Women May Have to Register for the Draft as Men's Group Wins Selective Service Lawsuit

On Friday, a Texas judge ruled that the Selective Service System (SSS) violates the Constitution by requiring only men to register for the draft. The court ruled with the National Coalition for Men (NCFM) in a lawsuit claiming the male-only draft constitutes discrimination against men. NCFM's lawyer told PJ Media that even if the SSS appeals, they are likely to lose again. He also suggested the Pentagon will not end the draft, so women may have to register.

"The male-only registration requirement of the Military Selective Service Act ... violates the Due Process Clause of the Fifth Amendment to the United States Constitution," U.S. District Judge Gray H. Miller ruled on Friday.

Marc Angelucci, NCFM's lawyer, told PJ Media he does not know whether or not the Selective Service will appeal. "I don't think they'll win an appeal," he said.

If the ruling stands, the Pentagon will either have to scrap the draft altogether or force women to register. "They could do either of those, but I don't think they'll get rid of the draft because the Pentagon is arguing strongly to keep the draft," Angelucci said.

"We take the position that if women are in combat then they should have to register for the draft," the lawyer explained. "There's no more excuse to discriminate against men because women are in combat."

Even if women were not allowed in combat, they could still be drafted for non-combat duties. "If they're not in combat, they should still have to register because they can have non-combat roles," Angelucci said.

Ironically, this almost happened during World War II. In January 1945, President Franklin Delano Roosevelt asked Congress to amend the Military Selective Service Act in order to draft women to meet a growing need for nurses in France. In March of that year, the House of Representatives passed such a bill, but the Senate delayed a vote and in May, Under Secretary of War Robert P. Patterson asked the Senate to shelve the bill. Nurses then volunteered to meet the need.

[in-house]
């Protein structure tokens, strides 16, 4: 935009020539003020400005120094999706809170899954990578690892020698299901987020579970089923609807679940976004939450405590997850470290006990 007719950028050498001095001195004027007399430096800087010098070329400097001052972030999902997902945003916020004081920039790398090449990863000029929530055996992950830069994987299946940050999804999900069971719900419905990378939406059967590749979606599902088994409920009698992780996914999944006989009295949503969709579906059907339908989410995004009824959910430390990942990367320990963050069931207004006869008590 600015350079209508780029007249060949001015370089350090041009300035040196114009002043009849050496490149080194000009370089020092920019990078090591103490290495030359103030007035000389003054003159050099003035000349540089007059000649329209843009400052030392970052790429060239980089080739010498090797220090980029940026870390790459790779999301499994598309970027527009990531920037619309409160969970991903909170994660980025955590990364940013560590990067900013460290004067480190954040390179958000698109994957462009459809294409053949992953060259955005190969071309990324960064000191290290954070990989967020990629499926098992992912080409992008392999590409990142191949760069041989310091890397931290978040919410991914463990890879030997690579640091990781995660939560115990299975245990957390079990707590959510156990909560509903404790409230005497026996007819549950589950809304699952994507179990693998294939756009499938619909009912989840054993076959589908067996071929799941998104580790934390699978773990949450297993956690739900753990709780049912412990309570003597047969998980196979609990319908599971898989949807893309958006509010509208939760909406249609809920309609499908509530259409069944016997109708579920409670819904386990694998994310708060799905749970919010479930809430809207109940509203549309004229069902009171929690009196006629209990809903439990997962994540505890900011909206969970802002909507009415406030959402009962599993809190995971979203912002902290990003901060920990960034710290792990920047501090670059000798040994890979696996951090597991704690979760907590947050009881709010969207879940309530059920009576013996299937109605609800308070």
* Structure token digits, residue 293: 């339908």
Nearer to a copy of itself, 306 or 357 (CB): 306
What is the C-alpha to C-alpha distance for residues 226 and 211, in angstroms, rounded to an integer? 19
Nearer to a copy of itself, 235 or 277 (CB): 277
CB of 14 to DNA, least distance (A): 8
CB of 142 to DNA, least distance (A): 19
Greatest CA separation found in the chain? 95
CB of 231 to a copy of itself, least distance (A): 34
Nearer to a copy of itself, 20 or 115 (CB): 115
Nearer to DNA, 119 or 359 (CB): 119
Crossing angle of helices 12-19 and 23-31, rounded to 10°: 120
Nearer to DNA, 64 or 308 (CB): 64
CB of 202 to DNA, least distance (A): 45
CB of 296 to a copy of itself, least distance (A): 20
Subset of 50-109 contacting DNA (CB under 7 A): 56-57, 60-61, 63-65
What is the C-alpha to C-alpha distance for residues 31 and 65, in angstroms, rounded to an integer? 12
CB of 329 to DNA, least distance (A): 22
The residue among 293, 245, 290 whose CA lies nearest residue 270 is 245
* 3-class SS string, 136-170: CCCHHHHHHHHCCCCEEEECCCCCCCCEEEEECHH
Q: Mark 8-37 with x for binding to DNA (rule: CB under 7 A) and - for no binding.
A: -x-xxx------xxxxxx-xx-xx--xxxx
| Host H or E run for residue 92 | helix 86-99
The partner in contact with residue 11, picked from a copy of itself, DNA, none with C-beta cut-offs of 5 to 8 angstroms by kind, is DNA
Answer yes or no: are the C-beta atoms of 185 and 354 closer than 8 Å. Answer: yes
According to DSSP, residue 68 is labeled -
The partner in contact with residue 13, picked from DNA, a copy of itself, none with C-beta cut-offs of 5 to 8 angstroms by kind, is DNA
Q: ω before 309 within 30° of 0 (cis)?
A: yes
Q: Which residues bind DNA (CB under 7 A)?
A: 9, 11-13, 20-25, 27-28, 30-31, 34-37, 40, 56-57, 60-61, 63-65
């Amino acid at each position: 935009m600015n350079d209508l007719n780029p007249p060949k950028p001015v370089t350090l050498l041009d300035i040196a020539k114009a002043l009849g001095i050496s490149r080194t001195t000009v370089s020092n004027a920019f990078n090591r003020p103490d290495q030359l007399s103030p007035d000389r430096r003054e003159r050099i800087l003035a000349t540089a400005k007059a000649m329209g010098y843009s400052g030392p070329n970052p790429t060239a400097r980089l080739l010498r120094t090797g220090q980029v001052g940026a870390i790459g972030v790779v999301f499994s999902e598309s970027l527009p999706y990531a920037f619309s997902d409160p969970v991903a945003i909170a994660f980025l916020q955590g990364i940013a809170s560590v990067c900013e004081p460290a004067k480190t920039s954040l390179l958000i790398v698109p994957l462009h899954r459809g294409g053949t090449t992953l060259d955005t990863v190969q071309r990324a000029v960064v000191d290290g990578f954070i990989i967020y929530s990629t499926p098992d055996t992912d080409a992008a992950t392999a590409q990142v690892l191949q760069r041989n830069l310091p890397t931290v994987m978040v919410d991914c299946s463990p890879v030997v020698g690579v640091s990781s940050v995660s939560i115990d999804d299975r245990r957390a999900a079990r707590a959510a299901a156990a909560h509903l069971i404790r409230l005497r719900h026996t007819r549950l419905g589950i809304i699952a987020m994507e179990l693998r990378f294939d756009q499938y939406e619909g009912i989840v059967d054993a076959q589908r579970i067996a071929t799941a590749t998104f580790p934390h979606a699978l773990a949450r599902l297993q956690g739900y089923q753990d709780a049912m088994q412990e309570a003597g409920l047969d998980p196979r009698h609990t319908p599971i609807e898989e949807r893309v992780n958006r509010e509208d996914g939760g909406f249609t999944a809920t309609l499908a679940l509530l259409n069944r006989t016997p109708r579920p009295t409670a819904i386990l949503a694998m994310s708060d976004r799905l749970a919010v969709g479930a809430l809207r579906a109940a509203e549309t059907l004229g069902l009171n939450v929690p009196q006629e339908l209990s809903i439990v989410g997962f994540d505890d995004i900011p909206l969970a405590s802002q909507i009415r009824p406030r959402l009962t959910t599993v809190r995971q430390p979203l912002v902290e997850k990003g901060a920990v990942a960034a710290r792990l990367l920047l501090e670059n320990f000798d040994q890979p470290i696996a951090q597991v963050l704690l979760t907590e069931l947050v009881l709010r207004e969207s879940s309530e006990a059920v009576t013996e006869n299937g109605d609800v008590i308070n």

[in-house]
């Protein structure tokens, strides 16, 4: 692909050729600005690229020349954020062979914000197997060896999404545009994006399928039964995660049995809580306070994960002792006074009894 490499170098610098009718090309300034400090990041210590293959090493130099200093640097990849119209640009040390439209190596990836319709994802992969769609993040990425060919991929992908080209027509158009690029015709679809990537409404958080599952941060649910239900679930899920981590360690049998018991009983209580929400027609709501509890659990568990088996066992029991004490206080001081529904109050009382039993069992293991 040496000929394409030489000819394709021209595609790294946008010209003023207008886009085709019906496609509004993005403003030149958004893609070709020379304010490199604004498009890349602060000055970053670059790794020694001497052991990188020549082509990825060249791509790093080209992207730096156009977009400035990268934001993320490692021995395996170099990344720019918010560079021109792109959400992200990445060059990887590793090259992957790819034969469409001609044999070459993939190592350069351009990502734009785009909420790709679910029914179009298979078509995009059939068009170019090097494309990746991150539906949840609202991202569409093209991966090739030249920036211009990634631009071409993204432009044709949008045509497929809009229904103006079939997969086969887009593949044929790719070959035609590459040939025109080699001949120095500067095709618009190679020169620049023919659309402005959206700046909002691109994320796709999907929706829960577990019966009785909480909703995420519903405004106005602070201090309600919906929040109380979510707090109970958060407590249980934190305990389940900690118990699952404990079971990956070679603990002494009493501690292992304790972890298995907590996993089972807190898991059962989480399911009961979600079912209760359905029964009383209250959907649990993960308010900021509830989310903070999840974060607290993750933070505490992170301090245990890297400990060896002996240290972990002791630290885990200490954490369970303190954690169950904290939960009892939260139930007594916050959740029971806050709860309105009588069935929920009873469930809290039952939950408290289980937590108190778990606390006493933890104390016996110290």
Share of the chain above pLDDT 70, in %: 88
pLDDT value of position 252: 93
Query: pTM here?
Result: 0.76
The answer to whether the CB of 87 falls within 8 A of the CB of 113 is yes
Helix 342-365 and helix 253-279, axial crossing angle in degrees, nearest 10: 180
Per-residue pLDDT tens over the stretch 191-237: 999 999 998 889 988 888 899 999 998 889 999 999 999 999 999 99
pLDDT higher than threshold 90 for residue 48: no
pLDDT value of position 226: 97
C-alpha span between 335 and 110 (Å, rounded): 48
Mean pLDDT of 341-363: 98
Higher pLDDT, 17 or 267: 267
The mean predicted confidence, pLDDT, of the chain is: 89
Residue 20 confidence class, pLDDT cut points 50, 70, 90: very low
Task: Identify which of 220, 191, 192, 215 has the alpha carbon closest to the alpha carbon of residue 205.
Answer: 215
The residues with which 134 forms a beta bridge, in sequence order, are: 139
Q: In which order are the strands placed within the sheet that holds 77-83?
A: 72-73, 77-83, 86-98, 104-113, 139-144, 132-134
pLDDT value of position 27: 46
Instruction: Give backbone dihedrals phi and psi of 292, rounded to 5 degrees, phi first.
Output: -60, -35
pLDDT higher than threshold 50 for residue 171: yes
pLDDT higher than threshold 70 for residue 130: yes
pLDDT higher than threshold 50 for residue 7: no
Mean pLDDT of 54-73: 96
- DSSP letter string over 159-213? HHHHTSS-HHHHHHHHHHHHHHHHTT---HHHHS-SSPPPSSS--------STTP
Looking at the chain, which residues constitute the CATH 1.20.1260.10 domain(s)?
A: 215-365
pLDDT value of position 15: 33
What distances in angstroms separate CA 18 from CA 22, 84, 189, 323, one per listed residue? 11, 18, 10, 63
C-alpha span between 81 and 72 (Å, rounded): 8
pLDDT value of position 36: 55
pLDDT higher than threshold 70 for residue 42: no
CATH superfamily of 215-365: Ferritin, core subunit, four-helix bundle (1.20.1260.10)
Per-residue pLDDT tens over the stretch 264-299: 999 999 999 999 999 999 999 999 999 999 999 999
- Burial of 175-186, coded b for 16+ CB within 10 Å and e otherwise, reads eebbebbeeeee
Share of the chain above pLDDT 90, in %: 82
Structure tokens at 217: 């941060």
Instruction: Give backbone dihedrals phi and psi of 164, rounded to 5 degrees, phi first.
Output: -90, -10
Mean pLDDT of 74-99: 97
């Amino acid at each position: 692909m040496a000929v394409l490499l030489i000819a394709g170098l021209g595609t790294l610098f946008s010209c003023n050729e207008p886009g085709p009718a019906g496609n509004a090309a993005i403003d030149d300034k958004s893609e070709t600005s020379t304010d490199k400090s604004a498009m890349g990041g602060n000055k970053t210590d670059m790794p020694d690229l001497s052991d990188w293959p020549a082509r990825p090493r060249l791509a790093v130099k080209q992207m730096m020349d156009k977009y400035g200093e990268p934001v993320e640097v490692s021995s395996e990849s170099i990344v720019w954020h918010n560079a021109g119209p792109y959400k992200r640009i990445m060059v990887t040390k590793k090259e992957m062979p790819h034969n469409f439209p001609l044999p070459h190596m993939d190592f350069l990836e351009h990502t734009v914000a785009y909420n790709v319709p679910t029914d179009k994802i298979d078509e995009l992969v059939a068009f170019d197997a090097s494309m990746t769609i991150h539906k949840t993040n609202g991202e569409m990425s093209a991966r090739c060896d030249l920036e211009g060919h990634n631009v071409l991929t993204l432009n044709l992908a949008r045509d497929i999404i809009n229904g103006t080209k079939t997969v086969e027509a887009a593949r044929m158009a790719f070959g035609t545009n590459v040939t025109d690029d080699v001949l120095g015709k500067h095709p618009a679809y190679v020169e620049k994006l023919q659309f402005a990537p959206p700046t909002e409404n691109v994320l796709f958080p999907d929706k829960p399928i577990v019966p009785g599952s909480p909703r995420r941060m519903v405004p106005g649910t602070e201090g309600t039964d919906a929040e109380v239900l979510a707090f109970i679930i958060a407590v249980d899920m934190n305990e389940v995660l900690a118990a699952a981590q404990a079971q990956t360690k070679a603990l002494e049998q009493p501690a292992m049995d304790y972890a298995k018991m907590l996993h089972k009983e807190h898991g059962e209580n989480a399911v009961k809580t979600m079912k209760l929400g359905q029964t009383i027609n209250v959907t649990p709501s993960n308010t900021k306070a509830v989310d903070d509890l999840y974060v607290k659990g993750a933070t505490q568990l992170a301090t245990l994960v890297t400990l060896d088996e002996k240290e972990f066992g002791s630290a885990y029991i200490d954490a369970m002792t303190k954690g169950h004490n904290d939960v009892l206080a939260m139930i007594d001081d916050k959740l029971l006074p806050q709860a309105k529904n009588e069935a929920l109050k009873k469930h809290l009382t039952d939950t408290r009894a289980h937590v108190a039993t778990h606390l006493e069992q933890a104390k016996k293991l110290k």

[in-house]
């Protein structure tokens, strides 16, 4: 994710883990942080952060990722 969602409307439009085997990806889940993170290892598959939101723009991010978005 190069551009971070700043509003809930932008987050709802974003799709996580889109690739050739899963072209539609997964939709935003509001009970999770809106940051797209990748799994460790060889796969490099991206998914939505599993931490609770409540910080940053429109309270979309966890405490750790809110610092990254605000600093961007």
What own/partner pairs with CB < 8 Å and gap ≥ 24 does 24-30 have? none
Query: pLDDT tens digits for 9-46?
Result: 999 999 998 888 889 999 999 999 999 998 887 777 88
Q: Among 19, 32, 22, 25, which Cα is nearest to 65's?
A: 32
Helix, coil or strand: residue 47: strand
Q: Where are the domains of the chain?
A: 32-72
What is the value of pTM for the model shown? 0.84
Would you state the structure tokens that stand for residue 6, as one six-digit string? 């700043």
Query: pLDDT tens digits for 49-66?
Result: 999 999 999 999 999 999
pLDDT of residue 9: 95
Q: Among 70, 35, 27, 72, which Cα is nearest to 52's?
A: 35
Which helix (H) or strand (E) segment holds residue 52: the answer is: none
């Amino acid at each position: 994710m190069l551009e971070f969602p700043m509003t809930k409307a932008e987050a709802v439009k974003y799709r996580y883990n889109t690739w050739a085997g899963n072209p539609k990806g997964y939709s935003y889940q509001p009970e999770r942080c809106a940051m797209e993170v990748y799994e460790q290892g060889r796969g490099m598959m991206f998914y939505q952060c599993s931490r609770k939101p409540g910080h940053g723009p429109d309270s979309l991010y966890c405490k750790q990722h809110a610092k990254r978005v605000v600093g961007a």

In 1981, the Supreme Court ruled that women could be exempted from the draft because they were not allowed to serve in combat.

Men face severe penalties for refusing to register. As the draft's website puts it, "It’s what a man’s got to do. By registering, a young man stays eligible for jobs, college loans and job grants, job training, driver's license in most states, and U.S. citizenship for most immigrant men."

According to the lawsuit, there are about 16 million men currently registered for the draft. These men are "on call" soldiers until they turn 26. The SSS calls this "voluntary participation," but the judge declared it "unconstitutional."

In a press release on the victory, the National Coalition for Men explained why fighting this discrimination is important. "Forcing only males to register is an aspect of socially institutionalized male disposability and helps reinforce the stereotypes that support discrimination against men in other areas such as child custody, divorce, criminal sentencing, paternity fraud, education, public benefits, domestic violence services, due process rights, genital autonomy, and more."

"Even without a draft, men still face prison, fines, and denial of federal loans for not registering or for not updating the government of their whereabouts," Angelucci explained. "Since women will be required to register with the Selective Service, they should face the same repercussions as men for any noncompliance."